Gareth Sager is a multi-instrumentalist, songwriter and composer from Edinburgh and the founding member of post-punk provocateurs The Pop Group, avant-garde jazz / art pop collective Rip Rig & Panic and the unruly Bristol-rooted rock group Head.
An industrious collaborator and a prolific solo artist in his own right, Sager has been an unremittingly restless and versatile force in the post-punk era and beyond, throughout a dynamic career of confounding originality.
As a vital presence, both in The Pop Group’s original incarnation and in their subsequent reformation, Sager remains a principal foundation in one of post-punk’s most relentlessly evolutionary and antagonistic groups. His uninhibited approach to instrumentation as a lifelong pianist, guitarist, saxophonist and clarinettist as well as his astute use of electronics in recent material continues to inspirit the bands momentous radicalism.
Amidst this iconic role Sager has also enjoyed a vibrant creative cycle with Rip Rig & Panic alongside the likes of Neneh Cherry and Andrea Oliver. Releasing three acclaimed cult albums, a revered run of singles and indebted to the freeform and wildly discordant jazz of some of Sager’s acknowledged inspirations (Ornette Coleman and Rahsaan Roland Kirk amongst them) the collective persistently upended expectation throughout their four year existence. In 1985 the collective changed their name to Float Up CP releasing one final album and single before amicably disbanding.
Soon after, Sager initiated Head, changing his work once again and pursuing a disorderly, anthemic form of folksong under the influence of The Pogues, Captain Beefheart and the traditional ballads of Sager’s base for many years, Bristol.
In a solo capacity, as CC Sager, Pregnant and as Gareth Sager respectively, Sager’s work has been championed and comprehensively collated by Glasgow institution and John Peel favourite Creeping Bent. He has also been engaged in manifold collaborations with Scottish punk poet and ‘tragedian’ Jock Scot, including regular live performances at Edinburgh’s Fringe Festival, as well as a record, Caledonian Blues, released by Geoff Barrow’s Invada Records. Alongside his work with Scot, Sager has embarked on a stint playing live and on record with Davey Henderson’s The Nectarine No 9.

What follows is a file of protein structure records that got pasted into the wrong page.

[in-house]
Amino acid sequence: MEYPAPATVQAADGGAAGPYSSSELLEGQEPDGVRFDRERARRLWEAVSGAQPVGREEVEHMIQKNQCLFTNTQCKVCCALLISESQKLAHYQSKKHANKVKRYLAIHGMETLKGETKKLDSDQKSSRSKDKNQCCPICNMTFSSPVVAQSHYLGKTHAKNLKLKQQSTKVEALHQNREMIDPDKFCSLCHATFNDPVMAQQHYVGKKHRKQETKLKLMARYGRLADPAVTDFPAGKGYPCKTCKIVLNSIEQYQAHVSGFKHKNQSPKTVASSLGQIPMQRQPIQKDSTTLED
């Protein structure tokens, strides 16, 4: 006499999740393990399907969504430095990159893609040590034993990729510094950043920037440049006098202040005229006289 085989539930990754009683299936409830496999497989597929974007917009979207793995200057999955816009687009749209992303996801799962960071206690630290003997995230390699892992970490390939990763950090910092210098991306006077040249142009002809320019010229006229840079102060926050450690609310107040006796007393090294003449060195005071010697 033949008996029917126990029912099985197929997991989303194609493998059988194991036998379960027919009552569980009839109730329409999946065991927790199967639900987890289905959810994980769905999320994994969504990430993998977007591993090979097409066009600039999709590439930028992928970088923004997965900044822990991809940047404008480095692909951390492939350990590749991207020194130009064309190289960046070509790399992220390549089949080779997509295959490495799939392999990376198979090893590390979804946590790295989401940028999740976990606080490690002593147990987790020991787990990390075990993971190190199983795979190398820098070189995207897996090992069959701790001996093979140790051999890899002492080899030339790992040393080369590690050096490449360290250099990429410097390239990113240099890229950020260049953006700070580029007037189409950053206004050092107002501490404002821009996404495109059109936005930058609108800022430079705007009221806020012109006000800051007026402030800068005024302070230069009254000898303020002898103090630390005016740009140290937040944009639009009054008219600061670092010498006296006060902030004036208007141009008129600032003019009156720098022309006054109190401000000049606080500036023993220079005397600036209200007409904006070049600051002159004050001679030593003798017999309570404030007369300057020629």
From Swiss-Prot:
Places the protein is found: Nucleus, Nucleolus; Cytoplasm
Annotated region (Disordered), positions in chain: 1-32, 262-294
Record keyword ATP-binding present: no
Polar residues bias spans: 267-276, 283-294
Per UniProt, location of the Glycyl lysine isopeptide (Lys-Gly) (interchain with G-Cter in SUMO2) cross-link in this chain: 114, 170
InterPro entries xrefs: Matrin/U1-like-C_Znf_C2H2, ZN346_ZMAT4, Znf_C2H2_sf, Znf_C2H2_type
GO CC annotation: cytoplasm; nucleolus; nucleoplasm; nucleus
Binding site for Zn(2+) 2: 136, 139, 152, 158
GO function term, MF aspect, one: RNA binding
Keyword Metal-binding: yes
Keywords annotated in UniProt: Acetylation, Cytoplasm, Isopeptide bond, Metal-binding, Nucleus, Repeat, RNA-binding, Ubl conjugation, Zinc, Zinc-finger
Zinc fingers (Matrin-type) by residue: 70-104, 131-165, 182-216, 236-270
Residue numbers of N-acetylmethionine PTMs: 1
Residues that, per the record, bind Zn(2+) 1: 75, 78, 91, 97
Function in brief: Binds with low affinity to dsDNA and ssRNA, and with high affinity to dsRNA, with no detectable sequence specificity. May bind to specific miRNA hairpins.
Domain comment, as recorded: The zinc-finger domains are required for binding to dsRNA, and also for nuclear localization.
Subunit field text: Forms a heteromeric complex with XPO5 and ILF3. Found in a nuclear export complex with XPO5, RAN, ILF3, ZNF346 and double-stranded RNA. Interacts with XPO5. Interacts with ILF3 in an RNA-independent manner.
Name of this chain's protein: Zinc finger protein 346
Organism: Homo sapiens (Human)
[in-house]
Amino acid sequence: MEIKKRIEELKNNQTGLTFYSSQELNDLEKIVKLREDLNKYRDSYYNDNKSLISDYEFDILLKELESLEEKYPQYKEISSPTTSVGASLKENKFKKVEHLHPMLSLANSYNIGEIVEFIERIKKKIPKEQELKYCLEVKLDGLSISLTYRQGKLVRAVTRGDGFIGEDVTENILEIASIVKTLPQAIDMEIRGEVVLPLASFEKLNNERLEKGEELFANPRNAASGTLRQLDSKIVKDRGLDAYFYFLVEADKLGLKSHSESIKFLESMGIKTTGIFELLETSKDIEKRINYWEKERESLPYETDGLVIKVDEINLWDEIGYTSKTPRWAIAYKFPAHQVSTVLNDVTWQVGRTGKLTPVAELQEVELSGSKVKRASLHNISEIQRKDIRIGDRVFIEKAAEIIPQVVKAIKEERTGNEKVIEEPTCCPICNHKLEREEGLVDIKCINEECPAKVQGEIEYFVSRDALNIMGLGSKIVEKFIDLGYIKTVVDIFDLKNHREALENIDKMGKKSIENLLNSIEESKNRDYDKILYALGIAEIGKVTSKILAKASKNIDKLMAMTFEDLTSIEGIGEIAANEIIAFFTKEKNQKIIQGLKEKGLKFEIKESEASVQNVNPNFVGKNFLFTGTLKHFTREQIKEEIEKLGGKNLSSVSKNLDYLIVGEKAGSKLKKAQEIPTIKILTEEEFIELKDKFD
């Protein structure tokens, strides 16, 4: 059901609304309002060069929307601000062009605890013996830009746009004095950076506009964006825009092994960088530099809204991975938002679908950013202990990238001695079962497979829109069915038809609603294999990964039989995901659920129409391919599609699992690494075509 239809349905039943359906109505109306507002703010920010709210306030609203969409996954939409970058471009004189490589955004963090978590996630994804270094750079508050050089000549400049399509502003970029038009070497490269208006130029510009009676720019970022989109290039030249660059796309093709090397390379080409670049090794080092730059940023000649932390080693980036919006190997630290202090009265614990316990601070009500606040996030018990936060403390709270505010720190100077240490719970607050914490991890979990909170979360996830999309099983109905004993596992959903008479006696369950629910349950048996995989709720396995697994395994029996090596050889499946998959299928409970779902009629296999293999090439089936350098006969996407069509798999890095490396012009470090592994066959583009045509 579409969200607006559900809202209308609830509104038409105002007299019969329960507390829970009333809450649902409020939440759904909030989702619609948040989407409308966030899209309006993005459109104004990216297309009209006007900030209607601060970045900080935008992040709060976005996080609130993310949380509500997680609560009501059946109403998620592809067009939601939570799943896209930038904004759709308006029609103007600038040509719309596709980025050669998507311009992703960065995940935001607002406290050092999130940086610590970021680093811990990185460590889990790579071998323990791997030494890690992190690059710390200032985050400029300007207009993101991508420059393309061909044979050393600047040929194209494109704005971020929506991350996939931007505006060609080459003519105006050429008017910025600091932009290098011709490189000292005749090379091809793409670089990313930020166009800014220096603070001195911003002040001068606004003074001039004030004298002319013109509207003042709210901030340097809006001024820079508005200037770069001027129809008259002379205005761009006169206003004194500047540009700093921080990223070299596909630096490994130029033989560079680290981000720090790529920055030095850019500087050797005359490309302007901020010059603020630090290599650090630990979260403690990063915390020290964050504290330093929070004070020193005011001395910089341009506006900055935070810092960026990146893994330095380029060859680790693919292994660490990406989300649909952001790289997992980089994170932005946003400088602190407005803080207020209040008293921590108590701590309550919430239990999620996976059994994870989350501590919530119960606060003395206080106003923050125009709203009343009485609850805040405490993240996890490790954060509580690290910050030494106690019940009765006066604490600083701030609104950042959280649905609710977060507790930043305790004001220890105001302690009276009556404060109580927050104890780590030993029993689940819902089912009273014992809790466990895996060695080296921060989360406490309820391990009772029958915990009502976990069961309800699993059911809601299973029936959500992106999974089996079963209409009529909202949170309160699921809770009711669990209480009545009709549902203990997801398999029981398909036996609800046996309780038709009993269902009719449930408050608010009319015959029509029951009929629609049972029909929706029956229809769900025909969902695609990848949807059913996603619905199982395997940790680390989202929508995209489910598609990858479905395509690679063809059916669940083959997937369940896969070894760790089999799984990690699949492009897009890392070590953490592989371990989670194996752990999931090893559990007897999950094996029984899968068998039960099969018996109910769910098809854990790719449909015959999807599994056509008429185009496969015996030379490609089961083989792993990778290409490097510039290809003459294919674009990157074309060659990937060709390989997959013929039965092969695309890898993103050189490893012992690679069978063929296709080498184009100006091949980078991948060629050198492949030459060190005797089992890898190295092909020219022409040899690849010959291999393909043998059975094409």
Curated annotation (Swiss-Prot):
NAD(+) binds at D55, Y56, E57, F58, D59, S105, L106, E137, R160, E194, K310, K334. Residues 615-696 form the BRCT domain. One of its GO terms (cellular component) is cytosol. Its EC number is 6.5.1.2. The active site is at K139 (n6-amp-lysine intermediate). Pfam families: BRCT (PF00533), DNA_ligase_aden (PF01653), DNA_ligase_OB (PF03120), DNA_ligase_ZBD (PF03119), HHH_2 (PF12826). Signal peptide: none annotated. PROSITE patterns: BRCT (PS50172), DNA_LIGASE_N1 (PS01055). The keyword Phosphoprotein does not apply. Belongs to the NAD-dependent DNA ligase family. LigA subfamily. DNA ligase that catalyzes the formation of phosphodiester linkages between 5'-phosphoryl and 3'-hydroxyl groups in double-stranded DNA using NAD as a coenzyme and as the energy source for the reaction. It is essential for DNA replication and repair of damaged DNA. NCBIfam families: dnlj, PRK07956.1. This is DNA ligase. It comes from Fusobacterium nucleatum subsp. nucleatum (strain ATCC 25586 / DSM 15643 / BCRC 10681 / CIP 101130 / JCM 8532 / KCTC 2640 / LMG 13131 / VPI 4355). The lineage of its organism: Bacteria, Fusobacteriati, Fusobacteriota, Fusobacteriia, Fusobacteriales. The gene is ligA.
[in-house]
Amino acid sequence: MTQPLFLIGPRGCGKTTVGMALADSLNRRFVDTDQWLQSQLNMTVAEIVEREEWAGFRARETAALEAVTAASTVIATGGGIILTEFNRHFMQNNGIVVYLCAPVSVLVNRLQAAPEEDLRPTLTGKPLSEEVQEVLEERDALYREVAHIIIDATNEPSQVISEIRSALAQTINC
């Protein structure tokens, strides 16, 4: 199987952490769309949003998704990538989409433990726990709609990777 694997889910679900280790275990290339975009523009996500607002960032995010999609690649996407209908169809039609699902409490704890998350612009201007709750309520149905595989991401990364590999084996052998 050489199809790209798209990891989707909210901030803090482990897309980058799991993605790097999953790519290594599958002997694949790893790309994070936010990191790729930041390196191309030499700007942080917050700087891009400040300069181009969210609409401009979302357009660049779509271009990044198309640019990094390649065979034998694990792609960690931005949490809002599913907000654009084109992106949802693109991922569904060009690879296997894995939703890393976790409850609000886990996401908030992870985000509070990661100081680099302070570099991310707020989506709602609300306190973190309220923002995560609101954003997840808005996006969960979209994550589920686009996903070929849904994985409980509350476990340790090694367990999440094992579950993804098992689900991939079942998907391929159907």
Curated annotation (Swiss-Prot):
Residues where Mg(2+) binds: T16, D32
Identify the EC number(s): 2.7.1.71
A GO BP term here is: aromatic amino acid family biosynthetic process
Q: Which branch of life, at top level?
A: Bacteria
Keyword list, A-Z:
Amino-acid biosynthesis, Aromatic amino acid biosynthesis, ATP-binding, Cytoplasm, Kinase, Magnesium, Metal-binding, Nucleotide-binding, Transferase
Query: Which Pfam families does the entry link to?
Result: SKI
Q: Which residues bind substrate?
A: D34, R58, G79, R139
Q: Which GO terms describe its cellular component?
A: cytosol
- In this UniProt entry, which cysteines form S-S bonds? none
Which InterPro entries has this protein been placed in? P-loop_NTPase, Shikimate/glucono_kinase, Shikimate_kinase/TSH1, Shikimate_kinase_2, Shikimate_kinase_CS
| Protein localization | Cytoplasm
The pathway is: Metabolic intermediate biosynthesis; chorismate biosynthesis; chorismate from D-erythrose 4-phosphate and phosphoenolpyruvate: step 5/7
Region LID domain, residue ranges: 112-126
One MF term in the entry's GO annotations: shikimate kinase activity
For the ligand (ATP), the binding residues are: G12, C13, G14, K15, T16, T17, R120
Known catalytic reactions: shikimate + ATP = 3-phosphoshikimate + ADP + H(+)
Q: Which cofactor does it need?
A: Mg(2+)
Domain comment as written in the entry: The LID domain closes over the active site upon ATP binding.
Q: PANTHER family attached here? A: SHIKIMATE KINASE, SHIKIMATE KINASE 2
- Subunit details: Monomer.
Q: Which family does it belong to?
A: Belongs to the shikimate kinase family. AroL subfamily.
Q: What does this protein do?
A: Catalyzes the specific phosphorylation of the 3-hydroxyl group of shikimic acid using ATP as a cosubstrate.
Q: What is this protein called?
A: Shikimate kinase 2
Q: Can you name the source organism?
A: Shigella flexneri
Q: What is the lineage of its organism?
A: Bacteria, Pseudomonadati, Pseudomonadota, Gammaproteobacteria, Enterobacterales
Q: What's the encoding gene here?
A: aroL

In 2017 Sager sustained his form for reinvention with 88 Tuned Dreams, a self-produced album of melodic classical improvisations recorded in one miraculous session at arguably the world’s most distinguished recording space; Studio One, Abbey Road. Possessing an introspective quality and invested with his own intuitive spirit, these fourteen piano works constitute a stunning assemblage of low-lit invocations from one of post-punk’s most unpredictable and exploratory pioneers.
A year later in 2018 Sager announced Juicy Rivers a new album by his latest project Gareth Sager & The Hungry Ghosts. Representing ten tracks of avant-punk funk sound and fury, the record saw Sager link up with serial collaborator Ian Holford (drums – The Nectarine No 9 / The Sexual Objects) and Dan Connelly (bass) with additional mixes by J.Seal and Port Sulphur as well as other vocal collaborations with the legendary Jock Scot and Davy Henderson of The Sexual Objects / Fire Engines.
Juicy Rivers represented the final instalment in Sager’s ‘Creeping Bent Triptych’ after The Last Minute of Normal Time (2004) (as CC Sager) and Slack Slack Music (2009) (as Gareth Sager)
Gareth Sager has since followed the culmination of the ‘Creeping Bent Triptych’ with the 2020 album How Can I Help You, When You Don’t Want To Help Yourself? – another appearance on the Scottish label – and the 2022 outing Ghost Ship Trance Lamentations, a collection of piano-driven miniatures, this time made under the guise of the Gareth Sager Quartet, again recorded in Studio One Abbey Road, and featuring bassist Debs Spanton, cellist Lisa Watchorn, and frequent collaborator Dave Wright on saxophone.
From solo piano works to a fierce album of action pop to lush ensemble compositions, the range of these recent records exemplifies the urgency, experimentation and transformation that has defined Sager’s myriad projects and collaborations over the last forty years.